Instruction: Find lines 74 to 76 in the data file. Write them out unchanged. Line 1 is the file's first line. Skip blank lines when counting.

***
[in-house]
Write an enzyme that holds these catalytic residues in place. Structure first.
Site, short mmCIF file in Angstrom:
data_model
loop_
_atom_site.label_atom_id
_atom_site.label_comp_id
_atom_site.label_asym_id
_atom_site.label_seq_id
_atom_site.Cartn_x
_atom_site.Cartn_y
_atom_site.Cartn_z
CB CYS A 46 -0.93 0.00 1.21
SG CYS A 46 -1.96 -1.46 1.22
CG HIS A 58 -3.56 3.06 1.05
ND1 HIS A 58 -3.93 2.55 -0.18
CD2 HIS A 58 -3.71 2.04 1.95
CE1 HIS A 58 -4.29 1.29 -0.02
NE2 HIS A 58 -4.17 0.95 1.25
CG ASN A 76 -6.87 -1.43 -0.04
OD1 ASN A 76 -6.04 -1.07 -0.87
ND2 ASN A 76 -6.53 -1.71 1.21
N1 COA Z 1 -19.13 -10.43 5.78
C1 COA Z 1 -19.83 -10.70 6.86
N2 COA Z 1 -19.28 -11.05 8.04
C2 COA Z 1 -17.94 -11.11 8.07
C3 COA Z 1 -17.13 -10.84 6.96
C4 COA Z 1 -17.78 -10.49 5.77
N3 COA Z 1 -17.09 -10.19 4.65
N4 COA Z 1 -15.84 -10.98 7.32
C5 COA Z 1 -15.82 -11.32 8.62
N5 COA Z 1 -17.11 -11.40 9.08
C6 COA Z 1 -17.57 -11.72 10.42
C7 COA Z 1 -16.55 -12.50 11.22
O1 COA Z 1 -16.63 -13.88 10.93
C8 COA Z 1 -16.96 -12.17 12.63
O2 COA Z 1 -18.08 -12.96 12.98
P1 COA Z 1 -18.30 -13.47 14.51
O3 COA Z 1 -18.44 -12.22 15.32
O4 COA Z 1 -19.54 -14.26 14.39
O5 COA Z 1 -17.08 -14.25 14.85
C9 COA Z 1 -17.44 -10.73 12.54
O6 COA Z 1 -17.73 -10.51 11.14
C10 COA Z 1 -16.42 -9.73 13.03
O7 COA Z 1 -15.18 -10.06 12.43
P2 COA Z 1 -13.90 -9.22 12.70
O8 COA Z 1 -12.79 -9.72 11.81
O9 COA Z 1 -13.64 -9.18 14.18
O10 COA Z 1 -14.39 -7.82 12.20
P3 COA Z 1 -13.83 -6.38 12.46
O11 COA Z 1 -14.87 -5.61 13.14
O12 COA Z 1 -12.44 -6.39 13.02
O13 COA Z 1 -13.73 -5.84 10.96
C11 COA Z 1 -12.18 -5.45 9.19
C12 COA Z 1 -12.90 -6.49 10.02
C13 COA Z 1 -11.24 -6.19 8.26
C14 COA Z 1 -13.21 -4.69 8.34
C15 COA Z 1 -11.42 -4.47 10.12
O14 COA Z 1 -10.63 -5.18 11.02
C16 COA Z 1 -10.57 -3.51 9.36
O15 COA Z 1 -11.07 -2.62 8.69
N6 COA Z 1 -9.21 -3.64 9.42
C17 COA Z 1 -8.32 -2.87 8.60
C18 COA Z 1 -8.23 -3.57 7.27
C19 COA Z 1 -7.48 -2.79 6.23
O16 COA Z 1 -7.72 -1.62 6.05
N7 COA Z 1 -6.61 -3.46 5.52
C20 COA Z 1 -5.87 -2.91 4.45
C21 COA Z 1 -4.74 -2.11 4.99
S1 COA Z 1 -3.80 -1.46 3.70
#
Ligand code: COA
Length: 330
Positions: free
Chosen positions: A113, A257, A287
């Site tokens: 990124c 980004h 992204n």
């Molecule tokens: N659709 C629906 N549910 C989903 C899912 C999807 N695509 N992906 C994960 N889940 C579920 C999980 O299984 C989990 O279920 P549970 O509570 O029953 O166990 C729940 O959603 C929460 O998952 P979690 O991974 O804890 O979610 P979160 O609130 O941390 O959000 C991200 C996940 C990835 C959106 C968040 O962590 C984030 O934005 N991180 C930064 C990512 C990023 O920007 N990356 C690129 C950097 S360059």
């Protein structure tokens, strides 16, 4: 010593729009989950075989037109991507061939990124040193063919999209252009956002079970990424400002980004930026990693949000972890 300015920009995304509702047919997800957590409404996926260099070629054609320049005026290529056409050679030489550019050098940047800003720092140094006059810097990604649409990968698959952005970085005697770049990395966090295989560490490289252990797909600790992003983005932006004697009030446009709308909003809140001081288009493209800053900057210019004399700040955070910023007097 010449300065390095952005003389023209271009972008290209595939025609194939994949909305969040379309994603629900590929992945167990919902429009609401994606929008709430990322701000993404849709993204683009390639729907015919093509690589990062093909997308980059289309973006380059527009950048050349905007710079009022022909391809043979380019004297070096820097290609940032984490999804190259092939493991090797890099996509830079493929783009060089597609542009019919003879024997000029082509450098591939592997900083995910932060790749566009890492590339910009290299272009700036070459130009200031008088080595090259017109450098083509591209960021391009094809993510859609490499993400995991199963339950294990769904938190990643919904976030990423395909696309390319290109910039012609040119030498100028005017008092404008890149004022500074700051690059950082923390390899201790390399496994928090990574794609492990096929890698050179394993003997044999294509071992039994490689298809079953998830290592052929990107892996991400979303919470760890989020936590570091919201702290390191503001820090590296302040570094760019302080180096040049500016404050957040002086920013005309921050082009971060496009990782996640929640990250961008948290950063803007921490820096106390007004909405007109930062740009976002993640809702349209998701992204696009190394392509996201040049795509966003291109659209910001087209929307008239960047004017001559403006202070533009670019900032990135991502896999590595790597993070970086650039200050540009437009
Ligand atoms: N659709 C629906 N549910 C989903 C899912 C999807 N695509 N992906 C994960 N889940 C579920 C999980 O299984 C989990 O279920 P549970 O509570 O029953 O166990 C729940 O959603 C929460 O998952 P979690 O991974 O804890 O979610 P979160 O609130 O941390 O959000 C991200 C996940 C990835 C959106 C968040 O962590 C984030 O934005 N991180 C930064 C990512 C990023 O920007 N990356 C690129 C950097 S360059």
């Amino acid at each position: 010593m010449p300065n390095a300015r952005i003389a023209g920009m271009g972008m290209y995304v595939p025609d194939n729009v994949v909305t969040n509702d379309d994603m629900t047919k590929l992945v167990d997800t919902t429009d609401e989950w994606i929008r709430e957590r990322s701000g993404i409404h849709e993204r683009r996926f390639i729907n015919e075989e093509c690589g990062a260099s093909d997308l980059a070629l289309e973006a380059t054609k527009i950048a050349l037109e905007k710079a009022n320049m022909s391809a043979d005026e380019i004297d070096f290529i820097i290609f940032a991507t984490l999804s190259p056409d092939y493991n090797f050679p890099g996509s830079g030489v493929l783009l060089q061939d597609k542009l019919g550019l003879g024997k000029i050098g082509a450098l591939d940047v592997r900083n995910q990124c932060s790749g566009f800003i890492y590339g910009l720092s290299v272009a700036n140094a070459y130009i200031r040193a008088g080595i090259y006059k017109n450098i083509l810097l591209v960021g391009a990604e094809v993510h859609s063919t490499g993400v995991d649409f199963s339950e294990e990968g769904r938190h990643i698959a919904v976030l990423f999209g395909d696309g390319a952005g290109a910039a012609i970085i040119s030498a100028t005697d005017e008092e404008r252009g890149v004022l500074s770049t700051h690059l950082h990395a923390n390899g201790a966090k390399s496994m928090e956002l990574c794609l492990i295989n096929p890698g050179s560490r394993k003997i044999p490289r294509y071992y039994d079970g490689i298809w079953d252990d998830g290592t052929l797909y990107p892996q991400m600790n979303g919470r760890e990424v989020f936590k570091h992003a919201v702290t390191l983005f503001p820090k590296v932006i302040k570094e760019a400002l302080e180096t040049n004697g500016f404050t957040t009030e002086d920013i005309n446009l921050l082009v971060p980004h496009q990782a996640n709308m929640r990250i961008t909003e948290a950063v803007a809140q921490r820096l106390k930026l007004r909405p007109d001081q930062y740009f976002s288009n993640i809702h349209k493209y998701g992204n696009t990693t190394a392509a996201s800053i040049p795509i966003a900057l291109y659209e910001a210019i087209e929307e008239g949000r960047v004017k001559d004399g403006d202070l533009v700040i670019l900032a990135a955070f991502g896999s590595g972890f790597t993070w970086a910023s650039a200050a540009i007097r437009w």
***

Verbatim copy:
Positions: free
Chosen positions: A113, A257, A287
């Site tokens: 990124c 980004h 992204n």